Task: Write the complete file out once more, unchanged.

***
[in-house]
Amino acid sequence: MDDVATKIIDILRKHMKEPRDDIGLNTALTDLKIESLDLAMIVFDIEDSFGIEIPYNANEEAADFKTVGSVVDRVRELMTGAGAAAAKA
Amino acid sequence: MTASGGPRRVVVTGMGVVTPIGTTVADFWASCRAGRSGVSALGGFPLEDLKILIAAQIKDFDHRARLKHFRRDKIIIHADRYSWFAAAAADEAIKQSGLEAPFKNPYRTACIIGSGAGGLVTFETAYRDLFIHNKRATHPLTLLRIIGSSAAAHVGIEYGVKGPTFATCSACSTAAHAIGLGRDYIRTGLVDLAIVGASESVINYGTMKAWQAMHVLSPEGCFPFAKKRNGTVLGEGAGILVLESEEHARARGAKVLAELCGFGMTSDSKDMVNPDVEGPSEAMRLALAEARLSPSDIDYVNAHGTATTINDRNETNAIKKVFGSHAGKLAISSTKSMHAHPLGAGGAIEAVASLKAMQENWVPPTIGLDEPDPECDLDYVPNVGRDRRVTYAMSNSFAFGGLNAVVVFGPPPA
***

[in-house]
Amino acid sequence: MDDVATKIIDILRKHMKEPRDDIGLNTALTDLKIESLDLAMIVFDIEDSFGIEIPYNANEEAADFKTVGSVVDRVRELMTGAGAAAAKA
Amino acid sequence: MTASGGPRRVVVTGMGVVTPIGTTVADFWASCRAGRSGVSALGGFPLEDLKILIAAQIKDFDHRARLKHFRRDKIIIHADRYSWFAAAAADEAIKQSGLEAPFKNPYRTACIIGSGAGGLVTFETAYRDLFIHNKRATHPLTLLRIIGSSAAAHVGIEYGVKGPTFATCSACSTAAHAIGLGRDYIRTGLVDLAIVGASESVINYGTMKAWQAMHVLSPEGCFPFAKKRNGTVLGEGAGILVLESEEHARARGAKVLAELCGFGMTSDSKDMVNPDVEGPSEAMRLALAEARLSPSDIDYVNAHGTATTINDRNETNAIKKVFGSHAGKLAISSTKSMHAHPLGAGGAIEAVASLKAMQENWVPPTIGLDEPDPECDLDYVPNVGRDRRVTYAMSNSFAFGGLNAVVVFGPPPA